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The Hunter (Tasmania)

View from the top of Mount Wellington covered partially in white snow and rocks with a single tree under a sunny blue sky with a few white clouds

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This understated thriller, released in 2011, was set in one of the world's most beautiful places. Filmed on the Australian island of Tasmania, "The Hunter" features Willem Dafoe as a mercenary hired to locate and extract the DNA from the last remaining Tasmanian tiger. The impressive acting and writing are often overshadowed by the film's unique landscapes.

The Upper Florentine Valley, where some of the filming took place, is covered with old-growth forests. Some of the film's most scenic outdoor locations were filmed at the lake and wetland-filled Central Plateau Conservation Area, a protected part of Tasmania. The movie’s memorable mountain and blizzard scenes were filmed at the top of Mount Wellington.

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City of Ghosts (Cambodia)

Aerial view of Bokor Hill Station, an abandoned church surrounded by lush green trees and plants on top of a hill inside of Preah Monivong National Park under a blue sky with light clouds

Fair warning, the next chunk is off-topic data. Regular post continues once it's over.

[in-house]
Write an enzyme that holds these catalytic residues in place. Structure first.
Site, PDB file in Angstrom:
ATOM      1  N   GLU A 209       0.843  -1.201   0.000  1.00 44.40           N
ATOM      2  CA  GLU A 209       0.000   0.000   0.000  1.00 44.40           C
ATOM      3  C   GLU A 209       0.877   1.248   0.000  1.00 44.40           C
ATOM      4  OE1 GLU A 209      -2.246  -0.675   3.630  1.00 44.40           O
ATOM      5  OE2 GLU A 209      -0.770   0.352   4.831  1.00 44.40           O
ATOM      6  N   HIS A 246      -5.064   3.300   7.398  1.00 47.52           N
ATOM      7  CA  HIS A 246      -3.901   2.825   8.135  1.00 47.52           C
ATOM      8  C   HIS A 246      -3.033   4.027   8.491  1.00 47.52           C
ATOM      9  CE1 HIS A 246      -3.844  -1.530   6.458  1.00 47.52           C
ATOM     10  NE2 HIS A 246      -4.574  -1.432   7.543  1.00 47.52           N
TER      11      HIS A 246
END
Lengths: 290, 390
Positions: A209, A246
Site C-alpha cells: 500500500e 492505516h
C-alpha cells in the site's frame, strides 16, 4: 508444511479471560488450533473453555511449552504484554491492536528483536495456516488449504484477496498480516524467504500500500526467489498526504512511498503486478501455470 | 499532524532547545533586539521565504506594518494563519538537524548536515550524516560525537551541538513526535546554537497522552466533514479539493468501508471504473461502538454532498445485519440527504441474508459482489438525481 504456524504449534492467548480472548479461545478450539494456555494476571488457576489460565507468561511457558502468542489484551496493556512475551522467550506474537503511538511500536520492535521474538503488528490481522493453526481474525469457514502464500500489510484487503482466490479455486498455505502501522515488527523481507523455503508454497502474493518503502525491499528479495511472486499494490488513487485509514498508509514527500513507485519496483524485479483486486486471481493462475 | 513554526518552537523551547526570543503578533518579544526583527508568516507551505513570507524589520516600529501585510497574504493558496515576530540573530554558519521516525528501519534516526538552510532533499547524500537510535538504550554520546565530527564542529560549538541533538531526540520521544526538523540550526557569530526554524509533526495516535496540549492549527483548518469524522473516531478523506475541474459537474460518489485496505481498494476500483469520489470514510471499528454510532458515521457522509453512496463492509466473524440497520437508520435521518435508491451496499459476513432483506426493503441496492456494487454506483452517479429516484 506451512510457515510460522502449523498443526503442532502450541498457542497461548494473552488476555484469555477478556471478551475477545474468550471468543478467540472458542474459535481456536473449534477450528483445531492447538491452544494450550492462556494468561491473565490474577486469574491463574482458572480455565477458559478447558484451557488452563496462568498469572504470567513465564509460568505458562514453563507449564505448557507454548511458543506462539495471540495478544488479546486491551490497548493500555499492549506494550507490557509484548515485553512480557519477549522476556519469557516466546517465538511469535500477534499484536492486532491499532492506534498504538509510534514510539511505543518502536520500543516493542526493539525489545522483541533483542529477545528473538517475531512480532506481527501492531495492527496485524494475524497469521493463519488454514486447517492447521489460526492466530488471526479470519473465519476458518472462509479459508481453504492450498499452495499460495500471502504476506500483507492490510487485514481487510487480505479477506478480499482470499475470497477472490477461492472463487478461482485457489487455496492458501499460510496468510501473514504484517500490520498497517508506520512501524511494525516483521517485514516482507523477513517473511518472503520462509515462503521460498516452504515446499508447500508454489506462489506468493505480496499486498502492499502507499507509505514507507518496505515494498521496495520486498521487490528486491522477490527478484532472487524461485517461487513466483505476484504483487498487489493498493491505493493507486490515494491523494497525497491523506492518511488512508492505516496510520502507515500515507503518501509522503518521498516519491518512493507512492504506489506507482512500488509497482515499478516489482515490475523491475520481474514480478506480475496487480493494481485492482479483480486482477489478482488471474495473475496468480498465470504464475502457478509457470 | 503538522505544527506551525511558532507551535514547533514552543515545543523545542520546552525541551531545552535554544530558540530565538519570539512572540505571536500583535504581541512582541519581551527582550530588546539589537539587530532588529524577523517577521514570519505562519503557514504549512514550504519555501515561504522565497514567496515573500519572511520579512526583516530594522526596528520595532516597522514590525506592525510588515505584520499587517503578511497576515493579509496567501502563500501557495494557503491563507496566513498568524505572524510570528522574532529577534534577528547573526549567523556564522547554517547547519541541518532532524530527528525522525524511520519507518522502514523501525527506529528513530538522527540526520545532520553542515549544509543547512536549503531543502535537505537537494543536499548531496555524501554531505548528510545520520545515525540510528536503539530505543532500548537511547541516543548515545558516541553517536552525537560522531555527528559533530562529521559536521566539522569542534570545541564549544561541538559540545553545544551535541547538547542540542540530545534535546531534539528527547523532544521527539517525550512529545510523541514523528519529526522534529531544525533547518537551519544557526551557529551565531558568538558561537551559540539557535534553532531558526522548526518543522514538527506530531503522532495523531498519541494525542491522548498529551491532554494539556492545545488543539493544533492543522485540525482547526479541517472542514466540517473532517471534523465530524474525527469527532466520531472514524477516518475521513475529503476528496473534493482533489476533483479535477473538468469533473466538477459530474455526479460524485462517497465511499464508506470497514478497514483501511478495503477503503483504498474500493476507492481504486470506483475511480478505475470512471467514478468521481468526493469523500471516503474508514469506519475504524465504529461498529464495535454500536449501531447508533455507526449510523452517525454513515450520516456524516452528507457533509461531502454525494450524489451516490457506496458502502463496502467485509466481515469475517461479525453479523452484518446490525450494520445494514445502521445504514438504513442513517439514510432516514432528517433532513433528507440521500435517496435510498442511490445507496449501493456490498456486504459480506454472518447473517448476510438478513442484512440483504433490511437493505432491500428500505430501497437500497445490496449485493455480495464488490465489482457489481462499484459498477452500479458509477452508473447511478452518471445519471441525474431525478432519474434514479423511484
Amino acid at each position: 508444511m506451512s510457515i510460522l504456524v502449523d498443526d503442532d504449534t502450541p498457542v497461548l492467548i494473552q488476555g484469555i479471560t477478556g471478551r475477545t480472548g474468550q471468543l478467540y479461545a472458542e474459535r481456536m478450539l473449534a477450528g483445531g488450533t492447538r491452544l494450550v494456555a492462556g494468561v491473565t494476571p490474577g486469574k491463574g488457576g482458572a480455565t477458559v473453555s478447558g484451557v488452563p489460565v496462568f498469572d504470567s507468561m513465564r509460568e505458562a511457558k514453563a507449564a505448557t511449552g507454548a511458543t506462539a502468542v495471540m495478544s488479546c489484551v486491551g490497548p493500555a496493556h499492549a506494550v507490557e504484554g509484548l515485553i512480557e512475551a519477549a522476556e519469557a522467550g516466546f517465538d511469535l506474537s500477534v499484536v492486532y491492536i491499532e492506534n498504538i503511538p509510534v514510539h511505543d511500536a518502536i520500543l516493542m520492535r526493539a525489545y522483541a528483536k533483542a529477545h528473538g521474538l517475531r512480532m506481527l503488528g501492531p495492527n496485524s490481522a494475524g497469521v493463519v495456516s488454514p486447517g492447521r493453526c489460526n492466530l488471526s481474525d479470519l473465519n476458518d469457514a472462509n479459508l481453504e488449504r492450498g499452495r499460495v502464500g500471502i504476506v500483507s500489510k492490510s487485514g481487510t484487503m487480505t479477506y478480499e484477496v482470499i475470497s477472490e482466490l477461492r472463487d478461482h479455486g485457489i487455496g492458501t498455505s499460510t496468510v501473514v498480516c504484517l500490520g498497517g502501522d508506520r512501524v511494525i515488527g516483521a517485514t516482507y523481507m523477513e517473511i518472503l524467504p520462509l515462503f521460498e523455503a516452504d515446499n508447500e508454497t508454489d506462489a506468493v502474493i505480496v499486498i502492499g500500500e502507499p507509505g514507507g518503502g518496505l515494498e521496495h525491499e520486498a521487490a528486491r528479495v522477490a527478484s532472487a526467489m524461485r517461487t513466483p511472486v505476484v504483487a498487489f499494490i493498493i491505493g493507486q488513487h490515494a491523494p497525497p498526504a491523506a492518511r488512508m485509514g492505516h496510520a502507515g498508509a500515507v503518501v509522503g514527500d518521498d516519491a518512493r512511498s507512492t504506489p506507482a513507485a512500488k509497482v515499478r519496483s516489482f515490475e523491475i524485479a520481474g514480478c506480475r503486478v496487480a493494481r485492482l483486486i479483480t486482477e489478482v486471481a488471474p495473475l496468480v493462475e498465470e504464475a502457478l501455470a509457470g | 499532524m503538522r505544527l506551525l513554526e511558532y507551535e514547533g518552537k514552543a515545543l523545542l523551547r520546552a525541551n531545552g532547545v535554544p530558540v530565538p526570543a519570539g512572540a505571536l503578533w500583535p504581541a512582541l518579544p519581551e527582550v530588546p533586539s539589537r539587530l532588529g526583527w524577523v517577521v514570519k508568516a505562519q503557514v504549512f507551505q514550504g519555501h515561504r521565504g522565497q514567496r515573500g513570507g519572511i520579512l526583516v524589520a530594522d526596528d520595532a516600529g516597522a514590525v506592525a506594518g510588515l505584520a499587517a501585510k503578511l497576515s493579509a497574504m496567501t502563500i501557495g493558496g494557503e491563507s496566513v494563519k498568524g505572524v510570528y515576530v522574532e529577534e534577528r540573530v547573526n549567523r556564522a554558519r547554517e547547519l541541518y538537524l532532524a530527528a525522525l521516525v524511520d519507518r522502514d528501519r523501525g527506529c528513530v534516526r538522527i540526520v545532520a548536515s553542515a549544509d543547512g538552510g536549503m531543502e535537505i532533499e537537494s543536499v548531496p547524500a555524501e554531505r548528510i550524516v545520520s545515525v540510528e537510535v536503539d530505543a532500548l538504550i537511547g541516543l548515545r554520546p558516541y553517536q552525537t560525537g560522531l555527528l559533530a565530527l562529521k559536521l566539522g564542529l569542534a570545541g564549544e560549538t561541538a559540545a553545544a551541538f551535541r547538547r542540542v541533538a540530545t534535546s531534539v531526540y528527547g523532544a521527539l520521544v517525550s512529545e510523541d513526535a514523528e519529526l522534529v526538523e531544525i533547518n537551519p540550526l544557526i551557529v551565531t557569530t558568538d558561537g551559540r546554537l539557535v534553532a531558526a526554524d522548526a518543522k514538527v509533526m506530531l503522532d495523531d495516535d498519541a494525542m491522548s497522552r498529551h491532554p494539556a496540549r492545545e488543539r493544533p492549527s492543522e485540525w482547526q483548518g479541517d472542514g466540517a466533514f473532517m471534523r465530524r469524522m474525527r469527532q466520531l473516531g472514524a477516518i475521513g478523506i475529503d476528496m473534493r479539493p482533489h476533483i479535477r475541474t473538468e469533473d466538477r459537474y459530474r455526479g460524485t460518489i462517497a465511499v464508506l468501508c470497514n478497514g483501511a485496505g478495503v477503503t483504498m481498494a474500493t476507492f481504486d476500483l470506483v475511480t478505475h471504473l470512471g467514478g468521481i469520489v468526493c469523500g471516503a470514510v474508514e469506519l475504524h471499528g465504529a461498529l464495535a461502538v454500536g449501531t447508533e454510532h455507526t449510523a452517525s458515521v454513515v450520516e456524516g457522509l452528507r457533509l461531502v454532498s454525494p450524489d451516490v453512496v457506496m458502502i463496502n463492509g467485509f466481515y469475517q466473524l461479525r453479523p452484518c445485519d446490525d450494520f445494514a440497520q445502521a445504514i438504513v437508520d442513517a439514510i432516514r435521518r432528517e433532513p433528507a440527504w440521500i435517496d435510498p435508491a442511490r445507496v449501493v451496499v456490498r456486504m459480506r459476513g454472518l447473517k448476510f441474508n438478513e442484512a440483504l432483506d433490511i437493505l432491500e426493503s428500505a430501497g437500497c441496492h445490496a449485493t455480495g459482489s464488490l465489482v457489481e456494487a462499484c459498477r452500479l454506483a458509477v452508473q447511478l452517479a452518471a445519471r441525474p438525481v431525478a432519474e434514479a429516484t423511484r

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Released in 2002, the City of Ghosts is an indie film made in Cambodia. Much of the movie was shot in and around Phnom Penh before the city’s landscapes were drastically changed by a construction boom.

Nature lovers will enjoy the beautiful seaside scene that was set in the underdeveloped beach town of Kep and by the film's climactic scenes, which take place in the colonial-era ruins of Bokor Hill Station. The abandoned buildings of the hill station sit inside Preah Monivong National Park, a protected area which is often referred to as Bokor National Park.

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The No. 1 Ladies' Detective Agency (Botswana)

Aerial view of Okavango Delta, an integration of deep blue canals, tree covered island, and marshland

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This HBO series didn't appear in cinemas, but certainly deserves mention because of the way Botswana, the country in which it is set, was portrayed. The entire series, based on Alexander McCall Smith's novels of the same name, was filmed in Botswana.

Filming took place in the quaint capital city, Gaborone, and in natural destinations like the Kalahari Desert and Okavango Delta. Safari scenes were filmed in the unique marshlands of the Okavango Delta. The Kalahari Desert also features prominently, as it is the location where each of the stories begin.